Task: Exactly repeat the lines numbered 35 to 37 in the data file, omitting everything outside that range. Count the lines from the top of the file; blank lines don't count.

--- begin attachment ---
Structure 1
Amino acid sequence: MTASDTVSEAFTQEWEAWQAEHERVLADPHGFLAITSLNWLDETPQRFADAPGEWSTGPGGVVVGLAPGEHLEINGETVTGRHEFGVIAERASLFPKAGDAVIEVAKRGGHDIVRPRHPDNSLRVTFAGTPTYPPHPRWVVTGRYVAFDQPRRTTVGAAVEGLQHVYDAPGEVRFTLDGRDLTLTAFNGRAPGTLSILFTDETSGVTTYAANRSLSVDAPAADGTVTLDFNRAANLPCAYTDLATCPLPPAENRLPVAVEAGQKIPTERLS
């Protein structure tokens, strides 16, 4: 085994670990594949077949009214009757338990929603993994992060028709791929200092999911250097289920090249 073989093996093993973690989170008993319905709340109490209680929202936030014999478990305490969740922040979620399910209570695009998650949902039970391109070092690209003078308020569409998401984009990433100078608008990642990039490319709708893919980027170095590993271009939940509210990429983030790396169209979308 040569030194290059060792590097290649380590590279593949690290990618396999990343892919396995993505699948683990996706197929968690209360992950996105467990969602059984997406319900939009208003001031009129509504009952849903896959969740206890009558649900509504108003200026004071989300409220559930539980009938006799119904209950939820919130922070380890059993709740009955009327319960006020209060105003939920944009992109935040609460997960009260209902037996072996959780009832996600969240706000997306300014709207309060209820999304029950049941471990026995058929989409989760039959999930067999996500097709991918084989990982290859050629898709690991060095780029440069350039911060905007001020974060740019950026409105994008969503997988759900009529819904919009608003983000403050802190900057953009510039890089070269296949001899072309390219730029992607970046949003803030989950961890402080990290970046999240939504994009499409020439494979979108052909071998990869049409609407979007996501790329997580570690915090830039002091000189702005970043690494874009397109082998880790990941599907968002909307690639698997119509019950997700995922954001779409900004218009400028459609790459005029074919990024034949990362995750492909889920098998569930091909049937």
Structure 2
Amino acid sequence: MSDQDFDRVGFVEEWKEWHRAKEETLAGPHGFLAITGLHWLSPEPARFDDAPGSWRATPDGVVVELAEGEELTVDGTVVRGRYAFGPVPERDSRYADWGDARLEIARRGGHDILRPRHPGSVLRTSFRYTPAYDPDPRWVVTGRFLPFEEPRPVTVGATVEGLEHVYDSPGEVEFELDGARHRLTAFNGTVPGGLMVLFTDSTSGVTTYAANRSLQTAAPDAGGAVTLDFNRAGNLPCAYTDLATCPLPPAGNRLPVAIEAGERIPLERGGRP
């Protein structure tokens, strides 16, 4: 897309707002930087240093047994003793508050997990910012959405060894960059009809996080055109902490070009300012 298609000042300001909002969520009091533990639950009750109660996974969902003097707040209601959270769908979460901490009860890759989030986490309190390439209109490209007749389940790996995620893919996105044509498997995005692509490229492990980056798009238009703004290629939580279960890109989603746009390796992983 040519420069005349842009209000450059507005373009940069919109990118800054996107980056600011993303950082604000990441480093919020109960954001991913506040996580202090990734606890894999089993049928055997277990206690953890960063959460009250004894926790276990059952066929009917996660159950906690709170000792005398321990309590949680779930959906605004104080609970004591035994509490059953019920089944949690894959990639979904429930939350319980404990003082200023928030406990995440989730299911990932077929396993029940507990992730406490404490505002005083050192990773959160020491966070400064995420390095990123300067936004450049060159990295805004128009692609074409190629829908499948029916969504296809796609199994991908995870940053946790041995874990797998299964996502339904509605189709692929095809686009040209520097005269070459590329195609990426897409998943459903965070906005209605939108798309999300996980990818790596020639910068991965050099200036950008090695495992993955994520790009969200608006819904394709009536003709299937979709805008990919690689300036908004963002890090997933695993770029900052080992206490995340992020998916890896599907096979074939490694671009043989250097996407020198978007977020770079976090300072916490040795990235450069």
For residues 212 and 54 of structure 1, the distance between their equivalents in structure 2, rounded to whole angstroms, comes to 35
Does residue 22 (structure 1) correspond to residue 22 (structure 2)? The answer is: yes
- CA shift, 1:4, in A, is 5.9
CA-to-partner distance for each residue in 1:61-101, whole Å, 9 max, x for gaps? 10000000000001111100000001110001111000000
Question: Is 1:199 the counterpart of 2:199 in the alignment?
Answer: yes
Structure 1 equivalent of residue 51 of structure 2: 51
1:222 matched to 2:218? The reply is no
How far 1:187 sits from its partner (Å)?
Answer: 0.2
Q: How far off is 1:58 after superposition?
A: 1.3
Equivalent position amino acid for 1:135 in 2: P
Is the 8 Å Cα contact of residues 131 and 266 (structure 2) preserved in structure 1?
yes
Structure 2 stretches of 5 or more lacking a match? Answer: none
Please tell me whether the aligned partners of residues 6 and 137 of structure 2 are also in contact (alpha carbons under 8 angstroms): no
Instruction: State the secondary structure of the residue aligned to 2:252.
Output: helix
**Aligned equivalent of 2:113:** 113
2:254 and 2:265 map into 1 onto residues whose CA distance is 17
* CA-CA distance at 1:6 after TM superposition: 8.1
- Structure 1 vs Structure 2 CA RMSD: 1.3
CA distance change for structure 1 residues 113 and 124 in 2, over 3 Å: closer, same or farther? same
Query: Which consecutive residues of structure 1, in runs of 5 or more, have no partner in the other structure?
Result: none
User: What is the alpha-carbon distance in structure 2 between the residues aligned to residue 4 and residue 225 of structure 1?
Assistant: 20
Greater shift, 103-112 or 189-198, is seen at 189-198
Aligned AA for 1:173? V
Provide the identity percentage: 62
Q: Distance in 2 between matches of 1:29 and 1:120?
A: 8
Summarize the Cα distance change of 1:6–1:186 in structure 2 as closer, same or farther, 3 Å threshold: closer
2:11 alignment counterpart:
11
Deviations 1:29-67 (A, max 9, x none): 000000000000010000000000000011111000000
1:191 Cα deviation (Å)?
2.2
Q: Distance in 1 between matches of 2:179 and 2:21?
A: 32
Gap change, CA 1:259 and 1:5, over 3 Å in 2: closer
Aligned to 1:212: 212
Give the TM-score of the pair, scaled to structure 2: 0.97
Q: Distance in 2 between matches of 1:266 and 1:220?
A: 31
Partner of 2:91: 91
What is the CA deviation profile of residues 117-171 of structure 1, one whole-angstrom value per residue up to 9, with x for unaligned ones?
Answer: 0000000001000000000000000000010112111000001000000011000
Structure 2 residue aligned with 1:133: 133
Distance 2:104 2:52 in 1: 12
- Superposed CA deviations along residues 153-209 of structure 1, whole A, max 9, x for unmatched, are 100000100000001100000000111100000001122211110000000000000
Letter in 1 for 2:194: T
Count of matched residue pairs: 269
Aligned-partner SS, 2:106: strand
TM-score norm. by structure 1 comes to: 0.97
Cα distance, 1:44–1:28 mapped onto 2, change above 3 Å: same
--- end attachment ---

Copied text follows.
Greater shift, 103-112 or 189-198, is seen at 189-198
Aligned AA for 1:173? V
Provide the identity percentage: 62